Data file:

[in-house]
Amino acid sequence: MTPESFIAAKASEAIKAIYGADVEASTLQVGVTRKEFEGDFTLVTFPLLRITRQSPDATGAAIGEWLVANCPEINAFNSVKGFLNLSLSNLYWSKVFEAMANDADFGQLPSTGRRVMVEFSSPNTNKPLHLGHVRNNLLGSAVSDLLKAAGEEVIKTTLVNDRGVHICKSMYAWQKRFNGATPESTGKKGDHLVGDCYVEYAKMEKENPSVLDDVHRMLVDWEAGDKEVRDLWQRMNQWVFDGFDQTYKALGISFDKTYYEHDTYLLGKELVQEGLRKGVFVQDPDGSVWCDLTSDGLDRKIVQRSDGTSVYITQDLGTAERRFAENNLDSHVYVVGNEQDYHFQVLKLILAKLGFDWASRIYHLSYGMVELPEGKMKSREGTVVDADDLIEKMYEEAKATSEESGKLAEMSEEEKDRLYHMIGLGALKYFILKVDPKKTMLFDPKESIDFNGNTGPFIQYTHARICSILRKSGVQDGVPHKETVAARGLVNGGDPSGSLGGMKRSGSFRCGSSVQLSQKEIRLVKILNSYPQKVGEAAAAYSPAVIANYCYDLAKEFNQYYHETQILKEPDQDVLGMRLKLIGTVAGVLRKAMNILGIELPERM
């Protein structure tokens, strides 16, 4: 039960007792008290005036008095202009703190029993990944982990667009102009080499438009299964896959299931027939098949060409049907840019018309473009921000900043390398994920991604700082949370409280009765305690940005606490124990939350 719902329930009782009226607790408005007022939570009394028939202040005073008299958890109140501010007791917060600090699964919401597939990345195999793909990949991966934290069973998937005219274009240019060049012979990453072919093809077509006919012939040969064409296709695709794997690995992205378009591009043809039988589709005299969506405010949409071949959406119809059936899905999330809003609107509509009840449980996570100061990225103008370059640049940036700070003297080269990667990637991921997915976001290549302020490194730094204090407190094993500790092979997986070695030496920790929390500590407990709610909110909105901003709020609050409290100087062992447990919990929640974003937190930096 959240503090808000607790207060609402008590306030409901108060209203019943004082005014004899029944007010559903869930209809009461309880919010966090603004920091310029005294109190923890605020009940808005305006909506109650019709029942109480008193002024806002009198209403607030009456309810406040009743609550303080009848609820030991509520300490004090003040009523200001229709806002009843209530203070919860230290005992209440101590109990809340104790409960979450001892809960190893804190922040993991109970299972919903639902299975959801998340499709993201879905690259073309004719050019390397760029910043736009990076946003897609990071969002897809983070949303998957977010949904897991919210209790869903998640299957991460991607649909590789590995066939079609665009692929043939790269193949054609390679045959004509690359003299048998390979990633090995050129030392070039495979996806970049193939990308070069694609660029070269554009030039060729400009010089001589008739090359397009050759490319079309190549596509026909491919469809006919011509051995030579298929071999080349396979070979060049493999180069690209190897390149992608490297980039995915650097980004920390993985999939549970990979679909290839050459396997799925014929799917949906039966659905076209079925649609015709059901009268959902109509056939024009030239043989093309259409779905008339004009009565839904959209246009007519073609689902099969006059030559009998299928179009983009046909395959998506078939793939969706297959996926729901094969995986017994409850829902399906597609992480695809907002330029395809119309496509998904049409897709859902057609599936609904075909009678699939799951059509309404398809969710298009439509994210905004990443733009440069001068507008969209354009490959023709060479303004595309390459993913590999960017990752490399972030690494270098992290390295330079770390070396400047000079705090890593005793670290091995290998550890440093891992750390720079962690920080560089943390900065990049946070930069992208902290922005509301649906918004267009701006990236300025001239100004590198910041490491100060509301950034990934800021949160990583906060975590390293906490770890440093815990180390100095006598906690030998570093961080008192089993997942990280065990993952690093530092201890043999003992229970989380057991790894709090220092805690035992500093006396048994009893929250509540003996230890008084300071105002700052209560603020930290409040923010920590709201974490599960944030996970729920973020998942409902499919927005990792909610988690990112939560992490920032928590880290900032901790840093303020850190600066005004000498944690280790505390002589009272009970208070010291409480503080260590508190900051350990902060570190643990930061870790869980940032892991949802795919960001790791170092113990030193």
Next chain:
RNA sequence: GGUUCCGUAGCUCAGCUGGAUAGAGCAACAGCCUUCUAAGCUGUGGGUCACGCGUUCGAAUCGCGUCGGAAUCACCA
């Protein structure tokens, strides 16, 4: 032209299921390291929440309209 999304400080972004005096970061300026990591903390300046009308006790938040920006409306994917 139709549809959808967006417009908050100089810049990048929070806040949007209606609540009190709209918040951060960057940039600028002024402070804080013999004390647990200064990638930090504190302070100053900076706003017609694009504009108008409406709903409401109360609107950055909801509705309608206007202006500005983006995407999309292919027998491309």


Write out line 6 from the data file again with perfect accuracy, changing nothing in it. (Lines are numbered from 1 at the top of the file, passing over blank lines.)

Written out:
């Protein structure tokens, strides 16, 4: 032209299921390291929440309209 999304400080972004005096970061300026990591903390300046009308006790938040920006409306994917 139709549809959808967006417009908050100089810049990048929070806040949007209606609540009190709209918040951060960057940039600028002024402070804080013999004390647990200064990638930090504190302070100053900076706003017609694009504009108008409406709903409401109360609107950055909801509705309608206007202006500005983006995407999309292919027998491309």